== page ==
The report is focused on how public policy can protect freedom of expression online
The House of Lords Select Communications and Digital Committee has issued a report on online freedom of speech. It considers how competition between platforms can be increased to benefit freedom of expression; how the government should ensure that illegal content is removed and that legitimate opinions are not censored; and how the design of platforms and initiatives to promote digital citizenship can support inclusive and civil online environments for the exchange of information, ideas and opinions. The Committee has made recommendations to the government on how it should regulate platforms and to the industry on how it can change.
The Committee highlights that freedom of speech is a hallmark of free societies, but it is not an unfettered right. The internet, and particularly social media, provides individuals with an unprecedented ability to share their views. The Committee says that it welcomes this and seeks to strengthen freedom of expression online. However, it says that the sector has been monopolised by a small number of private companies, which are often based outside the UK and whose primary aim is to profit from their users’ data. They are free to ban or censor whoever and whatever they wish, as well as to design their platforms to encourage and amplify certain types of content over others.
In recent years, the harms users can suffer online have received growing attention. The Committee supports the government’s proposal that, through the proposed draft Online Safety Bill, platforms should be obliged to remove illegal content. Ofcom should hold them to strict timeframes where content is clearly illegal. The Committee says that it supports the government’s intention to protect children from harm, although it says that the draft Bill is inadequate in this respect, particularly in relation to pornographic websites. Nor is the committee convinced that the draft Bill sufficiently protects vulnerable adults. It says that the Bill’s proposed duties should be complemented by an increase in resources for the police to allow them effectively to enforce the law, including on harassment, death threats, incitement, stirring up hatred, and extreme pornography. The Committee says that platforms should contribute to this increase in resources.
The Committee disagrees with the government’s proposal to introduce duties on platforms in relation to content which is legal but may be harmful to adults. It says that if the government believes that a type of content is sufficiently harmful, it should be criminalised. It gives the example of the racist abuse directed at members of the men’s England football team and says any such abuse which is not already illegal should be.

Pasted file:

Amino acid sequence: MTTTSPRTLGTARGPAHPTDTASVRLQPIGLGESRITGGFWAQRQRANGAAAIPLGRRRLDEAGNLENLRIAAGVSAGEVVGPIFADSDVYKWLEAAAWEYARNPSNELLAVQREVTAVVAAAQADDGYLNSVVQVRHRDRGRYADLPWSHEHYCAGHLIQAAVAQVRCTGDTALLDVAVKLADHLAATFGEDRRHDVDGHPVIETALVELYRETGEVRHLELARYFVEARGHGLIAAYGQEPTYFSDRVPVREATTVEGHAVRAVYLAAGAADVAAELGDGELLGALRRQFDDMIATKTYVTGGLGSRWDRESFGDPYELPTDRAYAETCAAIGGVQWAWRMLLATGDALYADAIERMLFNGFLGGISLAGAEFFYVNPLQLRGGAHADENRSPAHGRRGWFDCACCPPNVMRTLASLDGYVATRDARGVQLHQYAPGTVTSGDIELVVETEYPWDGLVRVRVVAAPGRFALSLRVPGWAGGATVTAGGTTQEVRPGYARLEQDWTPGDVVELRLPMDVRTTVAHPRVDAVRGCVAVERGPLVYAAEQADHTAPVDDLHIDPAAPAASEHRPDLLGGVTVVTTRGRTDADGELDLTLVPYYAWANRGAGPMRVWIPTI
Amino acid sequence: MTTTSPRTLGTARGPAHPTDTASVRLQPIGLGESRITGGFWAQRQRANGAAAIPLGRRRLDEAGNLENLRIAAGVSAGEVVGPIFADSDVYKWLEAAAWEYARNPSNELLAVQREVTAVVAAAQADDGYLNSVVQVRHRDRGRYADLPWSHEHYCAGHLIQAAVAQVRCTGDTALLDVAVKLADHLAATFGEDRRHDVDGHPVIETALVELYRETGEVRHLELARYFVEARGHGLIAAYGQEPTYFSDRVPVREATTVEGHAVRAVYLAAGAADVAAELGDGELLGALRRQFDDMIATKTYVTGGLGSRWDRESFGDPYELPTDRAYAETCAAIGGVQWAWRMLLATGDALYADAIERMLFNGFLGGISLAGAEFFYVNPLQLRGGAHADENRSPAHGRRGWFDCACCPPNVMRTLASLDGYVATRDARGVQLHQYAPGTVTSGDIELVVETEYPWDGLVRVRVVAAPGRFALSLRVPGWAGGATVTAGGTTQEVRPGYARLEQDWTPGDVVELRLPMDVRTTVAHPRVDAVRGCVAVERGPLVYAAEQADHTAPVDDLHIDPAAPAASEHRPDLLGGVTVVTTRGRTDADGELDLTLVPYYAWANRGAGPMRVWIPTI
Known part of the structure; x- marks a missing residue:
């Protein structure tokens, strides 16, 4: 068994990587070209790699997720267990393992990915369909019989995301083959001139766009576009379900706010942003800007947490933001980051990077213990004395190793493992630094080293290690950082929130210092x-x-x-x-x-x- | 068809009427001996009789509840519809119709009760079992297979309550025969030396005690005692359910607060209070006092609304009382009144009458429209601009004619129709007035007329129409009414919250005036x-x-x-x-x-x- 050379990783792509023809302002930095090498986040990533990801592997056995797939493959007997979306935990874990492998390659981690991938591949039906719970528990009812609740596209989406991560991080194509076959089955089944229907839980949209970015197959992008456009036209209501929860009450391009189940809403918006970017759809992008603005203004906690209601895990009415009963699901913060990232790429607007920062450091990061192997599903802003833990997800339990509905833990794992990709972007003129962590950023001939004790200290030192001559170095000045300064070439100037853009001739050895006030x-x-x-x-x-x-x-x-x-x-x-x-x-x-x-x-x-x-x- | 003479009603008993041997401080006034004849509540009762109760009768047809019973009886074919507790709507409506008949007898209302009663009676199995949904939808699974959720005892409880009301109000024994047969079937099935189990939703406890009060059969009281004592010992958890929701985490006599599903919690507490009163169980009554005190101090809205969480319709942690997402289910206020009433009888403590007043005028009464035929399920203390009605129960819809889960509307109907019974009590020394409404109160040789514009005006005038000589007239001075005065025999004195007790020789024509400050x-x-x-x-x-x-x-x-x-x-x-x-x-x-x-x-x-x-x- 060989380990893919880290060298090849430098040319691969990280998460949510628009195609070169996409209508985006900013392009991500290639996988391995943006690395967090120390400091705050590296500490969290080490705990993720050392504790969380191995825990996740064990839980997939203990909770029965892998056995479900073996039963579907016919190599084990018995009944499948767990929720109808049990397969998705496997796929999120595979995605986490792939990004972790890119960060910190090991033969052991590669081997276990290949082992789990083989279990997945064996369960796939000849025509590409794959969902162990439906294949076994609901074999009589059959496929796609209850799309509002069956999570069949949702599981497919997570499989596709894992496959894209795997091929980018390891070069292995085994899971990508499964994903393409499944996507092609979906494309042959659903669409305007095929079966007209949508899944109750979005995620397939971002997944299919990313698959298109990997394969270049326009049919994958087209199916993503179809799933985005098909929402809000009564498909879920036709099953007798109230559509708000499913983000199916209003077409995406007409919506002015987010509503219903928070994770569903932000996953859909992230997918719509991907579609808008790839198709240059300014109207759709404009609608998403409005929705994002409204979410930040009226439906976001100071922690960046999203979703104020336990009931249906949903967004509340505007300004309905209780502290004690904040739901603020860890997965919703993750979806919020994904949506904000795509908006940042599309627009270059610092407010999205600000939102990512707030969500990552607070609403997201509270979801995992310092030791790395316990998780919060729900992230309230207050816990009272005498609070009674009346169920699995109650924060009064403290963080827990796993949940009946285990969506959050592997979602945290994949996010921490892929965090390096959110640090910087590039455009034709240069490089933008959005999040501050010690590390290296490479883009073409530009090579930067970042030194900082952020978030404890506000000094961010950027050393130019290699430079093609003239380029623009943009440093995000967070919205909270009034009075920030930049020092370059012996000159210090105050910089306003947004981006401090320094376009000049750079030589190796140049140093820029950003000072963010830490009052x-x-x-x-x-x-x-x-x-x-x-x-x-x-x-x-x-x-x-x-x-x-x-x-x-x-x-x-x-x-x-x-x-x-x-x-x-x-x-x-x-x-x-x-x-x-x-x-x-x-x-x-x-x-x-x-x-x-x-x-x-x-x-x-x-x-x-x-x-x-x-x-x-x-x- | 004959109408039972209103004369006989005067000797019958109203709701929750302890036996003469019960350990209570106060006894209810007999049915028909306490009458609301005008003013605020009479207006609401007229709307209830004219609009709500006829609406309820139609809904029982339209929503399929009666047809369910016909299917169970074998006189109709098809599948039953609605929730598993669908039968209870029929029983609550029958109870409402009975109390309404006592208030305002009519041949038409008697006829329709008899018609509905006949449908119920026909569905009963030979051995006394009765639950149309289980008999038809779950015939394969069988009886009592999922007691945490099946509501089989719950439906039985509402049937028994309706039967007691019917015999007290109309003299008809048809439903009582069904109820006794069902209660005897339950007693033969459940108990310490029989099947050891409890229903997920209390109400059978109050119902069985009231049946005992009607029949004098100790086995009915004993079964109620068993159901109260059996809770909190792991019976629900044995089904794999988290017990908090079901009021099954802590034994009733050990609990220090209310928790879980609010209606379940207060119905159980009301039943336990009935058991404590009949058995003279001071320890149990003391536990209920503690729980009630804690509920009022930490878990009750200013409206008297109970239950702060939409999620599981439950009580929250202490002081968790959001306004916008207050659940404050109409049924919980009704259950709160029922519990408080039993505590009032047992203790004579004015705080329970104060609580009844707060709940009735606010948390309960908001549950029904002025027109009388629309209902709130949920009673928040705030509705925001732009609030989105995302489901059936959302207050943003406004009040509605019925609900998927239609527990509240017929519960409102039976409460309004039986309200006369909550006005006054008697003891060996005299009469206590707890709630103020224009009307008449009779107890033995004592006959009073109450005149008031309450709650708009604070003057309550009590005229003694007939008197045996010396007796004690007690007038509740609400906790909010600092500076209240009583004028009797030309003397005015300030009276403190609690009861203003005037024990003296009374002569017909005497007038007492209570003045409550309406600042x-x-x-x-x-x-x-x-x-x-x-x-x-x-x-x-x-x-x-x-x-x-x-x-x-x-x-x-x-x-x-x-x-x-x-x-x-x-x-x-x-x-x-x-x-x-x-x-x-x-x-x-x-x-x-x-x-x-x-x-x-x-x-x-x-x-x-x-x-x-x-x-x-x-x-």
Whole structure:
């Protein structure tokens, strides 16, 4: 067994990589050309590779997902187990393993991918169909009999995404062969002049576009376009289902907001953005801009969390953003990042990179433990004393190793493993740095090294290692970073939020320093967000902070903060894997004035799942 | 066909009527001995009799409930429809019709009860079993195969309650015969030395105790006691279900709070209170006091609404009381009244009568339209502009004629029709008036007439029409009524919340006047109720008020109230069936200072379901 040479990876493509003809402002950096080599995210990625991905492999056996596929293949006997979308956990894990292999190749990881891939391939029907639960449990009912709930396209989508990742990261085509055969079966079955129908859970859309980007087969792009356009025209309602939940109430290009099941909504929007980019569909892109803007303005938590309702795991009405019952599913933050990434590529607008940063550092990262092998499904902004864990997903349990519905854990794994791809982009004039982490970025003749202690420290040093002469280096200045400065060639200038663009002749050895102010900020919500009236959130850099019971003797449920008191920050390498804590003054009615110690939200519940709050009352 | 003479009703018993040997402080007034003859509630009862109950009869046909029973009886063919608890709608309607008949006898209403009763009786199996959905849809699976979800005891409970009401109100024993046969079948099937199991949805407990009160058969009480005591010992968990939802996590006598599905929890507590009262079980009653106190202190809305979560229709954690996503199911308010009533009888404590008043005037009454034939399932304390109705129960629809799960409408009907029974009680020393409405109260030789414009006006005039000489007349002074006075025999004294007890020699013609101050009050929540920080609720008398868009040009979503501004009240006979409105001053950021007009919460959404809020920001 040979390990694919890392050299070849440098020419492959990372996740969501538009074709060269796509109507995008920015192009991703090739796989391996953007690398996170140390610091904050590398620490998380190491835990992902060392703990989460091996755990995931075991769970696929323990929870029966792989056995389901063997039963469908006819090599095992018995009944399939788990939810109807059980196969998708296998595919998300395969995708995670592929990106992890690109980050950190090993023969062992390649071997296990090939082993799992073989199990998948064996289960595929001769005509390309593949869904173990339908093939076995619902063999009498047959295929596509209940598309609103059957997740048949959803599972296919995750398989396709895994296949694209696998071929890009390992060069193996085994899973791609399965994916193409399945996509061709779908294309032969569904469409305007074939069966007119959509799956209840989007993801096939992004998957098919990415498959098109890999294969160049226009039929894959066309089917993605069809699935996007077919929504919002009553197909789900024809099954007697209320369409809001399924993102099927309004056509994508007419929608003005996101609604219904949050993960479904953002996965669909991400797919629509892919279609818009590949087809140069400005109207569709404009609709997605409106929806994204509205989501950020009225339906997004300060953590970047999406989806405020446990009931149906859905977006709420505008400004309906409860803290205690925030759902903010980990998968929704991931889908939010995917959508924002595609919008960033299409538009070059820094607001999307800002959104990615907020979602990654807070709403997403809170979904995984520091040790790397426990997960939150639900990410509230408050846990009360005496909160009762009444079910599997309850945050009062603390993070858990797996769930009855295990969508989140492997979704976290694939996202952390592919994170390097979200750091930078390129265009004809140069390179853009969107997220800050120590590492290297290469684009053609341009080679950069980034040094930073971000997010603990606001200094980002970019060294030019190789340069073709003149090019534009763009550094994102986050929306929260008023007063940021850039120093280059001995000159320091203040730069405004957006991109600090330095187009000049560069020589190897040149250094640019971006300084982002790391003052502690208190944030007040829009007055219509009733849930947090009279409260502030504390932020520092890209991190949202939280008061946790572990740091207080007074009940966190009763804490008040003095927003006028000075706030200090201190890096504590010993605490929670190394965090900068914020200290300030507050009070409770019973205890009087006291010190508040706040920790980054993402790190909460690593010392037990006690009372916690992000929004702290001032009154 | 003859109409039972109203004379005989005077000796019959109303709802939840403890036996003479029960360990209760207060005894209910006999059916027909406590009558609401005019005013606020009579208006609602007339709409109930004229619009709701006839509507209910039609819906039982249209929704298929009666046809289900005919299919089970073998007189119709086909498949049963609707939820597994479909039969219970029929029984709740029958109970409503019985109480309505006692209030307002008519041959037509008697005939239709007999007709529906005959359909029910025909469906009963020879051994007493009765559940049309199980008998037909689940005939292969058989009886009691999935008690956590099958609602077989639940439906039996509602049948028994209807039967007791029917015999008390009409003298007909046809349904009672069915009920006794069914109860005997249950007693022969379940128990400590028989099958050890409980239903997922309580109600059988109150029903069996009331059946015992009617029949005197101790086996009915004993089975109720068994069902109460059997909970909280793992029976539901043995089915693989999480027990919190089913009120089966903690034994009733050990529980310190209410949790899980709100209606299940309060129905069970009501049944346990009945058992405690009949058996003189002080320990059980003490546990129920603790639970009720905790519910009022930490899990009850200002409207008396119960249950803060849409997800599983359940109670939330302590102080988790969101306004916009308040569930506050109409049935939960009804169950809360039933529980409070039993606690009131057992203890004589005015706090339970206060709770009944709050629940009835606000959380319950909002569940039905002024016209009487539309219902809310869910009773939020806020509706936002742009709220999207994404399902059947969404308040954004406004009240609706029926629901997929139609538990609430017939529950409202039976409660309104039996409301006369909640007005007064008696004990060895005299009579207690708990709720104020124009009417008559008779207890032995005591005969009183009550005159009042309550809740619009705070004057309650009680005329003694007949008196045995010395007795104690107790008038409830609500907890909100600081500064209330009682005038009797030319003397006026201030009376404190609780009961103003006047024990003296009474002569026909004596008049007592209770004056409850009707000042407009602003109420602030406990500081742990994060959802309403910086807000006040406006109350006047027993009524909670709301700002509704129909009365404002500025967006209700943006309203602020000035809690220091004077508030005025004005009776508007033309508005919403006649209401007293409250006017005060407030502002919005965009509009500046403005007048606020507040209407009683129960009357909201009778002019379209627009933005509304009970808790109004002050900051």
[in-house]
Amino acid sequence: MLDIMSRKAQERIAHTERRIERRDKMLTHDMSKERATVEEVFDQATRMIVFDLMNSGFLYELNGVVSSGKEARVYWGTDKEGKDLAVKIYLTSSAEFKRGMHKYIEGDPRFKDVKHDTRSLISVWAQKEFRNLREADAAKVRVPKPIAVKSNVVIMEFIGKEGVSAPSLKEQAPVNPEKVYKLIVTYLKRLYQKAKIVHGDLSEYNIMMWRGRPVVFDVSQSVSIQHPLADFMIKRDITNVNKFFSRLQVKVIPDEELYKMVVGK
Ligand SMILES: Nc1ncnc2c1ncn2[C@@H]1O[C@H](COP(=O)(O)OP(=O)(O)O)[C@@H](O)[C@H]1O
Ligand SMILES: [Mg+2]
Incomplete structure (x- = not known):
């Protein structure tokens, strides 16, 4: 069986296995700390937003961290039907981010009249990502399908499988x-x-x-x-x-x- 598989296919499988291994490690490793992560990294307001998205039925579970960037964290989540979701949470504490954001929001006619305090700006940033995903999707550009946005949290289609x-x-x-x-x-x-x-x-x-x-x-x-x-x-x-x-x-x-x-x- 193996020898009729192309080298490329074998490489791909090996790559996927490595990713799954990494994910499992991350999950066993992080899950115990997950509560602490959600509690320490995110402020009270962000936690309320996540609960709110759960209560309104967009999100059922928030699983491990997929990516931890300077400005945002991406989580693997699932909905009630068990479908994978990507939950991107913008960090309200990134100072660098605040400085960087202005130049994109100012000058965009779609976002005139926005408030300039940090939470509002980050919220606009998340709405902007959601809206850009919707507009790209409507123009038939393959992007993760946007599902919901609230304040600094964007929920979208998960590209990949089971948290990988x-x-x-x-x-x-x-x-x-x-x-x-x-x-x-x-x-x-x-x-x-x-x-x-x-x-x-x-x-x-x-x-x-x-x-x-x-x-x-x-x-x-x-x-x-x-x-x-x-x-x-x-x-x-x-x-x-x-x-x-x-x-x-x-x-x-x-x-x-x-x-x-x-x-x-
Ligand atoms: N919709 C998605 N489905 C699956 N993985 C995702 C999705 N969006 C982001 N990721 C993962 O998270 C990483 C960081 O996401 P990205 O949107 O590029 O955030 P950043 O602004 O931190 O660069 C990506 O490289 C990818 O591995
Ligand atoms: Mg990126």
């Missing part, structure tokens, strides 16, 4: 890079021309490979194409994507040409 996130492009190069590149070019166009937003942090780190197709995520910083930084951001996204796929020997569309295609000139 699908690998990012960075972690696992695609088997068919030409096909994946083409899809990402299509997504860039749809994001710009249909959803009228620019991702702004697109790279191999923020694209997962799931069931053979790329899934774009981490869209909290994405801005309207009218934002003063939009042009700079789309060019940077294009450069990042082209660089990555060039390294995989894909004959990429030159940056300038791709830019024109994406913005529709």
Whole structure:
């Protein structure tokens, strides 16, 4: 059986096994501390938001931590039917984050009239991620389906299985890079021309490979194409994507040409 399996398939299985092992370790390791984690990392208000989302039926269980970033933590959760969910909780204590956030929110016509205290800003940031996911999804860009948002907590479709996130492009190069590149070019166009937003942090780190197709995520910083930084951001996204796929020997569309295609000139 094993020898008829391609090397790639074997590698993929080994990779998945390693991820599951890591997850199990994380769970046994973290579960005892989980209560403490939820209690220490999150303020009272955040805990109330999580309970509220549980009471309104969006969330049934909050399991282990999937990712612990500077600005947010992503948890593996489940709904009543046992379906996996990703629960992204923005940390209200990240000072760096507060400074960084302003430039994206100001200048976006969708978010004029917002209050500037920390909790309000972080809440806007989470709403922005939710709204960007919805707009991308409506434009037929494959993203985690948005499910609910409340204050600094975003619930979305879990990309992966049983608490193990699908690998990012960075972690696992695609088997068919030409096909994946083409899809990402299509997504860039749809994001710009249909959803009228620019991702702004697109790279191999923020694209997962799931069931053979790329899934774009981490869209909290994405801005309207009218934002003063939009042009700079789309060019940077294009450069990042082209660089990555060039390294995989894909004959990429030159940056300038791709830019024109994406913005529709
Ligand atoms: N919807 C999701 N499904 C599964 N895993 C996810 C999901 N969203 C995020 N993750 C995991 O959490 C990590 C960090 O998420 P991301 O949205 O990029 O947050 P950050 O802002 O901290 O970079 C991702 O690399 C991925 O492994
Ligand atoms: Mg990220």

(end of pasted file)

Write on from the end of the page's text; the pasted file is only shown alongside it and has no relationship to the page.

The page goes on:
It goes on to say that content which is legal but some may find objectionable should instead be addressed through regulation of the design of platforms, digital citizenship education, and competition regulation. According to the Committee, this approach would be more effective, as well as better protecting freedom of expression.
Furthermore, the Committee points out that social media platforms do not simply provide users with a neutral means of communicating with one another. The way they are designed shapes what users see, what they say, and how they interact. Platforms’ business models drive them to design services to maximise the time users spend on them, even if this means encouraging their worst instincts. This includes providing incentives to post outrageous content, the reach of which is then amplified by platforms’ algorithms. The Committee calls for the Online Safety Bill to include a robust duty to ensure that powerful platforms make responsible design choices and put users in control over what content they are shown by giving them an accessible and easy-to-use toolkit of settings, including through third-party applications.
The Committee adds that design changes must be complemented by digital citizenship education, both through schools and public information campaigns, to make clear the moral duties to others which come with the right to express oneself freely online and the consequences which the abuse of that right can have, as well as the dangers of retreating into social media echo chambers. Ultimately, says the Committee, people must be given a real choice about the platforms they use.
Finally, the Committee says that the dominance of companies such as Facebook and Google means that they have little incentive to put their users’ interests first, as users have little choice to go elsewhere. They have become like utilities. Tougher competition regulation is long overdue. The government must urgently give the Digital Markets Unit the powers it needs to “end the stranglehold of the big technology companies”. The rights and preferences of individual people must be at the heart of a new, joined-up regulatory approach, bringing together competition policy, data, design, law enforcement, and the protection of children.